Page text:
It is a gift, for which I am grateful, to be accompanied in life by family memories, songs, and music; those parts of the we of me which have brought us this far, and will see us through each of our tomorrows. Yes, it is a gift being forever accompanied by the love of home and family; those are the songs of my people. 

Posted in Aging, American History, Baby Boomers, Courage, Dreams, Elderly, Family, Genealogy, Irish, Life Journey, Memories, Music | Tagged , , , , , , , | 11 Comments

The Fog Comes In…

I looked outside this morning, and it’s foggy. I love it! Maybe because fog takes me back to my little valley home, and memories of ghostly stark and barren peach trees out back; those shrouded walks to school where I heard and saw nothing but my feet, one step in front of the other, and marveled how a world of white silence engulfed me, and I could be alone and happy, without anyone wondering what was wrong with me. Or, maybe I am transported to those times spent in foggy San Francisco, wandering about in a private adventure, soaking in as much art, music, and counter culture as I possibly could. Then again, perhaps I simply appreciate the stillness and romance fog brings to my soul. And my one fantasy. 

I’ve wondered over the years why I am not one given to fantasies. I understand everyone has them. Everyone, aside from me. I’ve only ever had one, and it’s been mine since I was in my early twenties. And I gather from those I’ve told about it, it’s not very exciting, nor worthy of much more than a casual “hmmm”.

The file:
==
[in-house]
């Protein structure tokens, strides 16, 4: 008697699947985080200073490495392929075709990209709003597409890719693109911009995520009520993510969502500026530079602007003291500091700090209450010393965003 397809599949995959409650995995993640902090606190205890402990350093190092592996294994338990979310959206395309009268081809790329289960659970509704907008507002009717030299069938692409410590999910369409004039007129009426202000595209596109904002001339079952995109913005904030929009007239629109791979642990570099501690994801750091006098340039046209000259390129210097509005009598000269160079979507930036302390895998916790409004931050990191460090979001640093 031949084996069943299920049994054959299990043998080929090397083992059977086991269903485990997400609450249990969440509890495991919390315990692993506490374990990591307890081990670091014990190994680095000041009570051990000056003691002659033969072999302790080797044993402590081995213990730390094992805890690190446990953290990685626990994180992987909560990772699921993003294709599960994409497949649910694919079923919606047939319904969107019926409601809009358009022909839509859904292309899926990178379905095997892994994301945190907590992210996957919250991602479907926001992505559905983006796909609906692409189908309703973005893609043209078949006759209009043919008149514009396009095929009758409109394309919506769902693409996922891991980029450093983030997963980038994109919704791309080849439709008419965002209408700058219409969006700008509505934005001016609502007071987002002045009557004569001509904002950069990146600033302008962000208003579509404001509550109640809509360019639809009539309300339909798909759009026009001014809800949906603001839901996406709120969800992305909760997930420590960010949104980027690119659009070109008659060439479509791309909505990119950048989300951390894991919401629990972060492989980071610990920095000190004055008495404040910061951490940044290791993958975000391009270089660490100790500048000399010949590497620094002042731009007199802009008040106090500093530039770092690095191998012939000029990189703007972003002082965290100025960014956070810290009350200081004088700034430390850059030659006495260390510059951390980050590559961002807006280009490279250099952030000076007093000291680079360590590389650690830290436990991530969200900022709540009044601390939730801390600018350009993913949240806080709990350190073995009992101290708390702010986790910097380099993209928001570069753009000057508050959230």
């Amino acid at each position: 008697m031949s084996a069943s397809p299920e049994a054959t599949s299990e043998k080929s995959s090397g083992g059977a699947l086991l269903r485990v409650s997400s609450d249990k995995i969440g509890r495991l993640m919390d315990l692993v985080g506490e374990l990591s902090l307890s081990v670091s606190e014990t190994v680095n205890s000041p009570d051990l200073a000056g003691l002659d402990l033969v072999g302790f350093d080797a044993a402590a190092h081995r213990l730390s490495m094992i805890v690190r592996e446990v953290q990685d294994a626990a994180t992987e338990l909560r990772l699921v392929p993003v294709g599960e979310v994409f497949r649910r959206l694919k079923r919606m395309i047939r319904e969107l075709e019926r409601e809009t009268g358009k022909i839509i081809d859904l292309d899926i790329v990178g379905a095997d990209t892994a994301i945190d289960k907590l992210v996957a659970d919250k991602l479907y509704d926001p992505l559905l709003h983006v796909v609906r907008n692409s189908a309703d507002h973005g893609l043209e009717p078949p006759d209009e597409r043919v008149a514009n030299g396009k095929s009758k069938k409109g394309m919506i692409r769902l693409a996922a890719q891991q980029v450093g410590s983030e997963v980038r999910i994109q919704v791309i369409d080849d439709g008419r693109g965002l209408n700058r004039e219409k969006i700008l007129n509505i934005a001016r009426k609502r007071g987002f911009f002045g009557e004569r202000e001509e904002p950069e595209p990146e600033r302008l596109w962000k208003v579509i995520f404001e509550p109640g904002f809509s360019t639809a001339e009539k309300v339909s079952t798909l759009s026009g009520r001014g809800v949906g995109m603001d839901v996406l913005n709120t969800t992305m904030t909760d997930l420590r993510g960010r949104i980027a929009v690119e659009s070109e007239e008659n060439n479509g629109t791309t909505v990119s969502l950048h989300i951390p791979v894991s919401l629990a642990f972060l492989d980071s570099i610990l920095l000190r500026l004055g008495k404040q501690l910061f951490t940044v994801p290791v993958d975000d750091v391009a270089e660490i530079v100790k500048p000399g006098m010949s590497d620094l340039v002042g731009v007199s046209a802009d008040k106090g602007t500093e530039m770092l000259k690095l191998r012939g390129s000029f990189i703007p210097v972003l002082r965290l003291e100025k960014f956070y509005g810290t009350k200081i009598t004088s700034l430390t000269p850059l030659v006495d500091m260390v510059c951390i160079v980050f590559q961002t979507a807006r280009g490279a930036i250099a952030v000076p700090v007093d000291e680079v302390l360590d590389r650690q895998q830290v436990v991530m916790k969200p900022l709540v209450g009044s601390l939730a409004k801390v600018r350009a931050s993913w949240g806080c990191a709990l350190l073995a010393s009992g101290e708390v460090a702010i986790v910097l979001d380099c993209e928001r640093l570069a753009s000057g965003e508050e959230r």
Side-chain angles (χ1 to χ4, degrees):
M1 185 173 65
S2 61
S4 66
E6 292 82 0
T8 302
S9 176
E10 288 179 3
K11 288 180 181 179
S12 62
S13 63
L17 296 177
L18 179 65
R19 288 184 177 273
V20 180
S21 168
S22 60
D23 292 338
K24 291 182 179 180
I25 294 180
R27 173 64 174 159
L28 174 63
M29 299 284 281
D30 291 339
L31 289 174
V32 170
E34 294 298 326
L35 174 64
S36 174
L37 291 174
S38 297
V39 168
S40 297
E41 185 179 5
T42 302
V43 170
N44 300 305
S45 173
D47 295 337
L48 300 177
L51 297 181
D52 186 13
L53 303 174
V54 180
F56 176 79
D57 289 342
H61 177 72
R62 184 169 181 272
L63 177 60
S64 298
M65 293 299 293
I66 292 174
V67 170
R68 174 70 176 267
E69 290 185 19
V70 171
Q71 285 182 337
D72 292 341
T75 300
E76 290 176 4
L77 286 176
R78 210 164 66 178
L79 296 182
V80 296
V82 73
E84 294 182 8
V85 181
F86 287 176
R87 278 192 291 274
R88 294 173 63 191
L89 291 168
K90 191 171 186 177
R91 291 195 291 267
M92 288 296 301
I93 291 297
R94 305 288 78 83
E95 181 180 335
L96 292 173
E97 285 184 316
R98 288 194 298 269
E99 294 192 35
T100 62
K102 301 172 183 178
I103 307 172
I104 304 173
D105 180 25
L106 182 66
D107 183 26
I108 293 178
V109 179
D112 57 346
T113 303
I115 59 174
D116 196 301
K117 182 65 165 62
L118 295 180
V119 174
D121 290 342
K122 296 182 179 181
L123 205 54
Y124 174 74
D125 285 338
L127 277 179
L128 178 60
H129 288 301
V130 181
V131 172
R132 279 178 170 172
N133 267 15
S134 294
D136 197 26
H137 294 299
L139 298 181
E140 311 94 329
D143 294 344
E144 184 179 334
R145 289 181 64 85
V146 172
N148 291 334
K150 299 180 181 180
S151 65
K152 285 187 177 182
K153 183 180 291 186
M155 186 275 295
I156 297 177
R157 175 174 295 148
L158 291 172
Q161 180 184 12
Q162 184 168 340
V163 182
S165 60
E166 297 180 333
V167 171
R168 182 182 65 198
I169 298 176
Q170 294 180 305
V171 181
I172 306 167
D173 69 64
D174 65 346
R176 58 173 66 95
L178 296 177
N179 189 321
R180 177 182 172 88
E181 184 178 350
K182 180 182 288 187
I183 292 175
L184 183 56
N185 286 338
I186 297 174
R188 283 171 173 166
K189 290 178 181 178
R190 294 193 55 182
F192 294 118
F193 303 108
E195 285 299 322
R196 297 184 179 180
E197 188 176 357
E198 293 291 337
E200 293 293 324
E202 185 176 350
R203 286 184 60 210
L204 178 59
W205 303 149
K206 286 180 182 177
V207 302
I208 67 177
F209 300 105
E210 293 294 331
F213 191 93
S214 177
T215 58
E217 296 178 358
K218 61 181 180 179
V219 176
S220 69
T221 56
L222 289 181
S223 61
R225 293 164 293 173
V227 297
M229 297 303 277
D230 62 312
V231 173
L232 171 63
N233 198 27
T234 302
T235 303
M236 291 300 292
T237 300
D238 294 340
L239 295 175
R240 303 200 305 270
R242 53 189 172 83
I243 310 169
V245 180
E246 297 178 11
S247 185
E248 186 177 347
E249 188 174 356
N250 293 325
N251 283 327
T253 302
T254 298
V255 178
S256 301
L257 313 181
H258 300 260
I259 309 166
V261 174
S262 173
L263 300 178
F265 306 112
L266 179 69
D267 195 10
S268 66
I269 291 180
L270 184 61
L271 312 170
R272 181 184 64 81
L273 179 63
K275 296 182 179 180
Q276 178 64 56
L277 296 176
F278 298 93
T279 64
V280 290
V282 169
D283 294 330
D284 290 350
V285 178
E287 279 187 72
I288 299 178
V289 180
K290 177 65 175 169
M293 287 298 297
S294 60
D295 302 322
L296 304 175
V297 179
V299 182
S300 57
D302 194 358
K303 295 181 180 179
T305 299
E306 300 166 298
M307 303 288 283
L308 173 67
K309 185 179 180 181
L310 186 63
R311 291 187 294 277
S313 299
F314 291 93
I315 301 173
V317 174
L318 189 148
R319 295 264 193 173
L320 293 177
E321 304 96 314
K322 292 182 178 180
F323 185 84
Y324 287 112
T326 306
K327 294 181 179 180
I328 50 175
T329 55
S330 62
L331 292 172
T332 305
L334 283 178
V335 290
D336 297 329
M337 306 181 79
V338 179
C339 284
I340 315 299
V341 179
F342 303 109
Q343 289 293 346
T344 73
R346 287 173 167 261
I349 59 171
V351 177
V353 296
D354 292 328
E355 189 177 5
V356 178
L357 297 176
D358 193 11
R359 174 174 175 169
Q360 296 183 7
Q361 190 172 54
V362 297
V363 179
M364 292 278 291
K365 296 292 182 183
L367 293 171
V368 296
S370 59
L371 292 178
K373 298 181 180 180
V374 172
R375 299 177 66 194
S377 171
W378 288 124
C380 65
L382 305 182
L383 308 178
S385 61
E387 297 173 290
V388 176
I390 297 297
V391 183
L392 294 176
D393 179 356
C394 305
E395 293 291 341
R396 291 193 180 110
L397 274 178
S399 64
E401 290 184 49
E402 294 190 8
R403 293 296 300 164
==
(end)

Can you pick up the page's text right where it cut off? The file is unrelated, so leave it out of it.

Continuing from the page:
It is night, very cold and foggy. I am riding a ferry, outside on the deck, cloaked in a floor length, black, hooded cape (I believe I look rather romantic and just a bit gothic); the ferry is approaching the end of its crossing, and I’m straining to see if he’s there. Yes, the object of all my longing and desire is supposed to be waiting for me at the other side of wherever I’ve been. And as we come within view of the dock, my heart leaps for joy, because I see him, leaning against a lamp post, wearing an overcoat and a hat, searching the distance for the ferry and its lone passenger…me. As the boat closes in on its destination, we see each other, and ….that’s the end of it. My mind stops at that juncture, and through the years, I’ve never been able to force it any further. I admit, what a lame ending!